As a result of the Open University's open admissions policy, many of our students start university without the levels of English required to understand academic texts in English. A central goal of the English department is to help these students "bridge the gaps" and help them acquire the knowledge and skills they need to cope with academic texts in English. This goal drives most of the research studies conducted in our department and forms the basis of our studies on specific cognitive and non-cognitive needs that characterize language learners from diverse cultural backgrounds. Clarification of students' needs also form the basis for our action research studies designed to develop, evaluate and improve effective instructional methods and materials.
In addition to our learner-centered research, the range of synchronous and asynchronous delivery systems used to deliver our English courses enable us to conduct quantitative and qualitative research on the relative advantages of different delivery systems for language learning. These studies include identification of possible barriers to language learning in online courses, and types of teacher-student interactions, for example feedback, that correlate with improved learning outcomes in distance learning environments.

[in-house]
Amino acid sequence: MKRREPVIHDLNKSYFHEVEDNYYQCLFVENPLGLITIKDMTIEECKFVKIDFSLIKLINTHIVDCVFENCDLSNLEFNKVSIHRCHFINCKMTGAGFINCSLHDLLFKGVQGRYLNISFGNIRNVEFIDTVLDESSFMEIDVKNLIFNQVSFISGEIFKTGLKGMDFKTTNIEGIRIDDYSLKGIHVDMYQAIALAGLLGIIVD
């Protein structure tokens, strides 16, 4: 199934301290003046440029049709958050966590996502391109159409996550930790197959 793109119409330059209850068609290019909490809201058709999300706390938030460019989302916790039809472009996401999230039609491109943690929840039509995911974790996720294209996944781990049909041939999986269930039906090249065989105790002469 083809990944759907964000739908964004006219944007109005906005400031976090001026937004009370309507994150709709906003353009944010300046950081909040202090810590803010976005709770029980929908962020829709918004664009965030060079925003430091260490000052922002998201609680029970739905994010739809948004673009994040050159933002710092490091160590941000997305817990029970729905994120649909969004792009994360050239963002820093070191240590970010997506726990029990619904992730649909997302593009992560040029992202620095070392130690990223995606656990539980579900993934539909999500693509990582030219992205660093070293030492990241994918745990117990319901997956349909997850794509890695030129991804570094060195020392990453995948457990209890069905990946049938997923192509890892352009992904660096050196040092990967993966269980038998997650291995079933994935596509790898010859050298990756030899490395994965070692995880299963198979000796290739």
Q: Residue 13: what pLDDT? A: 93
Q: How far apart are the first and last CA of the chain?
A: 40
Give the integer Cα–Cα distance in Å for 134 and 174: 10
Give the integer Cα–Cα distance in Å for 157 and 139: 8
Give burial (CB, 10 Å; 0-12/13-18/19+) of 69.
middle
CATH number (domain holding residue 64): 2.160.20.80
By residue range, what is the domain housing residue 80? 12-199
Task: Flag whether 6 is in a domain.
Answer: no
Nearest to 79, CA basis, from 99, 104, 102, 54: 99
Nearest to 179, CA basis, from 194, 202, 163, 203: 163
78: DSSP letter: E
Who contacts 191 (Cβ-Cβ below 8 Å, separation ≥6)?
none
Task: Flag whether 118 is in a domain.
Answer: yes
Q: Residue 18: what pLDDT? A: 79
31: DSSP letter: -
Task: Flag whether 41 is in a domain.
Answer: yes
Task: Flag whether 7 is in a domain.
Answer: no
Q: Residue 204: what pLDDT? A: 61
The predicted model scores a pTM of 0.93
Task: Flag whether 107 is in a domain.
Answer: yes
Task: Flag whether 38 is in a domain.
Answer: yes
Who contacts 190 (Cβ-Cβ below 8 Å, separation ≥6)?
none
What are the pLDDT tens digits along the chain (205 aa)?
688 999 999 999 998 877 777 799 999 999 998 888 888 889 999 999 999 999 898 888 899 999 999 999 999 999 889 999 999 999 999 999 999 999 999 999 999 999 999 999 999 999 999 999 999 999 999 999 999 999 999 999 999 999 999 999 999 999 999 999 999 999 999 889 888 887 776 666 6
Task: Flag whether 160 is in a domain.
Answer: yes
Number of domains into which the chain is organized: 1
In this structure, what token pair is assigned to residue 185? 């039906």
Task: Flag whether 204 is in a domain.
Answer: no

Department members' additional research interests include development of open learning resources, acquisition of high-frequency general and subject-specific academic vocabulary, cross-modal changes in teacher-student interactions across different learning environments, best practices in design of online language learning courses and effective methods of improving academic discourse (oral and written) among non-native English speakers.